The next stage of a Think-Pair-Share involves students collaborating with a partner to discuss their answers. At this stage, all students need to contribute to the pair discussions—which may result in students confirming or amending response.

The final stage involves sharing their response with the whole class. This can take the form of all students showing their mini-white boards or the teacher cold calling on students.

Free recall: This warm-up at the start of a lesson is essentially the most challenging type of retrieval practice, as it involves recalling information from long-term memory with little or no support or prompts (e.g., “What can you recall from memory about the causes of WWI?”). Students then must answer this, through a written or verbal response, recalling as much relevant information as they can.

Research by Jaeger et al. (2015) and Karpicke et al. (2016) has shown younger children can struggle with free recall; their answers may be vague, generalised, or irrelevant. Younger learners need support for the initial retrieval task, and this can be achieved through cued recall questions. These are more specific and provide guidance as to what should be retrieved (e.g., “What can you recall about how the alliances caused WWI to break out in 1914?”). Cues can be provided in the form of key terms, images, or verbal prompts.

Entrance tickets: An entrance ticket can be used in combination with the techniques discussed above. For example, the entrance ticket can contain questions for the Do Now task when students arrive. Any type of question can be included on an entrance ticket—multiple choice, short answer, free recall, and elaboration are all effective. These are akin to exit tickets, but are used at the start of the lesson instead of the end. The teacher collects the tickets and uses them to gain a snapshot of students’ learning. This information is used to highlight misconceptions or misunderstandings and inform a teacher’s next steps.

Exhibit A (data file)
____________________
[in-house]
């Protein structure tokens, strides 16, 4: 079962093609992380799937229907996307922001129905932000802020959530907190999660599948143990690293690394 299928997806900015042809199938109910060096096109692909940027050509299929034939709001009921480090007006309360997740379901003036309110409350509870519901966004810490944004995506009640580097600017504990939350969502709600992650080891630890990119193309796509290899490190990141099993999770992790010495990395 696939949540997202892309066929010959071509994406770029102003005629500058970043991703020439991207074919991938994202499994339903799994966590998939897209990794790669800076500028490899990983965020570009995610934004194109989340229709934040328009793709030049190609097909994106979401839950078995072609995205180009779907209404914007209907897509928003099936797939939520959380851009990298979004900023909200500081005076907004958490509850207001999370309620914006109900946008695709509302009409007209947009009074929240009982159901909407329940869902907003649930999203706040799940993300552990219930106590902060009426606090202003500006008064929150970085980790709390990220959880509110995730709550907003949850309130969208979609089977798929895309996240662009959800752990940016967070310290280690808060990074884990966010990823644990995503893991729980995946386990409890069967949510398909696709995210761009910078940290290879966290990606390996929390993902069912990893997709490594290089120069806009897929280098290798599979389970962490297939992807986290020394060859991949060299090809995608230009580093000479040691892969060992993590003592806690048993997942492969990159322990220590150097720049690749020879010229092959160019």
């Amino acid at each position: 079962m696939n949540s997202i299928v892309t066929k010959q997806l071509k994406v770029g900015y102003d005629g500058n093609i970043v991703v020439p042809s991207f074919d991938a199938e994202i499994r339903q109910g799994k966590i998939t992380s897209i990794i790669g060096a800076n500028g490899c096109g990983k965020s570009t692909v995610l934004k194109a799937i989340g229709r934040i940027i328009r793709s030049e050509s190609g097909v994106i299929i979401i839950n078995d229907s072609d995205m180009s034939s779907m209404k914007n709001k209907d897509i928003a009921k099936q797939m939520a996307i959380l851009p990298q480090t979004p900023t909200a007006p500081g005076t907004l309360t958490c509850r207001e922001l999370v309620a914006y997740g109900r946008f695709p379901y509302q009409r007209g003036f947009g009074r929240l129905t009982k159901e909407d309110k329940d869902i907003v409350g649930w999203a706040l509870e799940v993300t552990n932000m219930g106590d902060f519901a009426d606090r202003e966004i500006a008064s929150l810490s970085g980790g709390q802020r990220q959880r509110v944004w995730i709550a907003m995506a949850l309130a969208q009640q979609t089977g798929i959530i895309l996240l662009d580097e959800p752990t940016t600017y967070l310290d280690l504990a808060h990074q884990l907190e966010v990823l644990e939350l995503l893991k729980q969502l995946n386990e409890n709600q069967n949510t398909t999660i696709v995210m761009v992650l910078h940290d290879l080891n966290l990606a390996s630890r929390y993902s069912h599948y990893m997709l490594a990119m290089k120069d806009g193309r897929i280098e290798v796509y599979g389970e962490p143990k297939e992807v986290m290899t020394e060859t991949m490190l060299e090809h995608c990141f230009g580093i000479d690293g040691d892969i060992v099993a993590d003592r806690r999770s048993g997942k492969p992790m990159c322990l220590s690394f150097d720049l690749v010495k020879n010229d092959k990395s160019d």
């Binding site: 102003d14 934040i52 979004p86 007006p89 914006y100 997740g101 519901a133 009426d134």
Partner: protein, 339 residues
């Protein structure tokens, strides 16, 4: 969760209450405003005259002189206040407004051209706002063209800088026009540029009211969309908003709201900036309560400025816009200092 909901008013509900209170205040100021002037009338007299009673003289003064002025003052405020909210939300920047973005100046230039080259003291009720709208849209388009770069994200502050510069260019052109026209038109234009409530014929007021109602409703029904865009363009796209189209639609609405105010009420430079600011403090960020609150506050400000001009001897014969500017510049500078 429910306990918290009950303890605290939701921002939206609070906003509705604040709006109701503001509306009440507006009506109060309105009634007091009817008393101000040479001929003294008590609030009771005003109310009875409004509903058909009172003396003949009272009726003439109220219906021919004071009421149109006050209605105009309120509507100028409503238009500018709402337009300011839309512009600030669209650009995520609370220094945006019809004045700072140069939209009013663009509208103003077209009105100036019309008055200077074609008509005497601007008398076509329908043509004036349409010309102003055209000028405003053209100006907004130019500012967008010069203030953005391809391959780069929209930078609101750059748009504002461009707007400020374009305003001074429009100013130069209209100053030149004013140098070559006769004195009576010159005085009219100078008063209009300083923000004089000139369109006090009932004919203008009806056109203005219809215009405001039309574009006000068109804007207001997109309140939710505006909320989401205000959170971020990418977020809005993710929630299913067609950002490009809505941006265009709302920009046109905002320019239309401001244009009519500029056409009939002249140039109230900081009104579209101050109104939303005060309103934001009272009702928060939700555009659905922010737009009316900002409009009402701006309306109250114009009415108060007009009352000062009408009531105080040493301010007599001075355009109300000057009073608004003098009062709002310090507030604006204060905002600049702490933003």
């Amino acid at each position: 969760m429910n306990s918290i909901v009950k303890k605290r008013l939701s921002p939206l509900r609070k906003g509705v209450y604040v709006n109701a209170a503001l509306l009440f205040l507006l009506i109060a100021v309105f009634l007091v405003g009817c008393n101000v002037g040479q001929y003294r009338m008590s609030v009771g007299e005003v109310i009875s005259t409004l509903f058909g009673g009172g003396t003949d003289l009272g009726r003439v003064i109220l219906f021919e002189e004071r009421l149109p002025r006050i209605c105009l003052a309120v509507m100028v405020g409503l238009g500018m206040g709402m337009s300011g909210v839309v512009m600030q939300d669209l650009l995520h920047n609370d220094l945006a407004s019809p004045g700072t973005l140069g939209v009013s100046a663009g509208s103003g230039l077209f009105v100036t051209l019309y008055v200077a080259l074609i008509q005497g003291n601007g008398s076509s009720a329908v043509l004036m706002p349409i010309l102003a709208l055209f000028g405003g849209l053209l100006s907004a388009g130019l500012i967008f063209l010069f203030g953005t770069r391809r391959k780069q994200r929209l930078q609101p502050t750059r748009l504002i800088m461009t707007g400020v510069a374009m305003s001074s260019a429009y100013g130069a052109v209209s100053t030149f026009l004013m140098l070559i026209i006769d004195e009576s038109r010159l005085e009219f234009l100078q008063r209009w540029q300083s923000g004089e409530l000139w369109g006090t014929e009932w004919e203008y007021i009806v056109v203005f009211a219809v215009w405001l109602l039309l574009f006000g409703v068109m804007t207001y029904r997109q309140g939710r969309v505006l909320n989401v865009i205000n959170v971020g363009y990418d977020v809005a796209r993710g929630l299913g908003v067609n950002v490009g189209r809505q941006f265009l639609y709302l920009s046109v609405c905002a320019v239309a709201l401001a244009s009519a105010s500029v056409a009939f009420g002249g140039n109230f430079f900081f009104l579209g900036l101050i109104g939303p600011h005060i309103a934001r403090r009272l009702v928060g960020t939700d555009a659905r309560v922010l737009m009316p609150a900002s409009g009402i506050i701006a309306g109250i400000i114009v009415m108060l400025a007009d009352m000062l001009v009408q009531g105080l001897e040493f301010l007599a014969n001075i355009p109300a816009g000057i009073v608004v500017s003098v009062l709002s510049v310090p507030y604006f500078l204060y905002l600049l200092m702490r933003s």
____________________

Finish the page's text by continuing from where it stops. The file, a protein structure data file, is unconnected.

There’s no precise recipe for a perfect start to a lesson. Every teacher needs to consider their expectations for their classroom—and the learning goals for a particular lesson. These techniques are options for a teacher to consider when designing an effective lesson start strategy. As with many great techniques, they are easy (and largely free) to implement and make a key part of any teacher’s practice.

To find out more about effective questioning techniques in the classroom you can complete the online questioning course as part of The Great Teaching Toolkit.



Coe, R., Aloisi, C., Higgins, S., & Major, L. E. (2014). What makes great teaching? Review of the underpinning research. Sutton Trust. https://www.suttontrust.com/wp-content/uploads/2014/10/What-Makes-Great-Teaching-REPORT.pdf

Hendrick C. & Macpherson R. (2017). What does this look like in the classroom?: Bridging the gap between research and practice. John Catt Educational.

Jaeger, A., Eisenkraemer, R. E., & Stein, L. M. (2015). Test-enhanced learning in third-grade children. Educational Psychology, 35(4), 513–521. https://doi.org/10.1080/01443410.2014.963030

Karpicke, J. D., Blunt, J. R., & Smith, M. A. (2016). Retrieval-based learning: Positive effects of retrieval practice in elementary school children. Frontiers in Psychology, 7. https://doi.org/10.3389/fpsyg.2016.00350

Rosenshine, B. (2012). Principles of Instruction: Research-based strategies that all teachers should know. American Educator, 12–20. https://doi.org/10.1111/j.1467-8535.2005.00507.x

Wiliam, D. (2017). Assessment and learning: Some reflections. Assessment in Education: Principles, Policy and Practice, 24(3), 394–403. https://doi.org/10.1080/0969594X.2017.1318108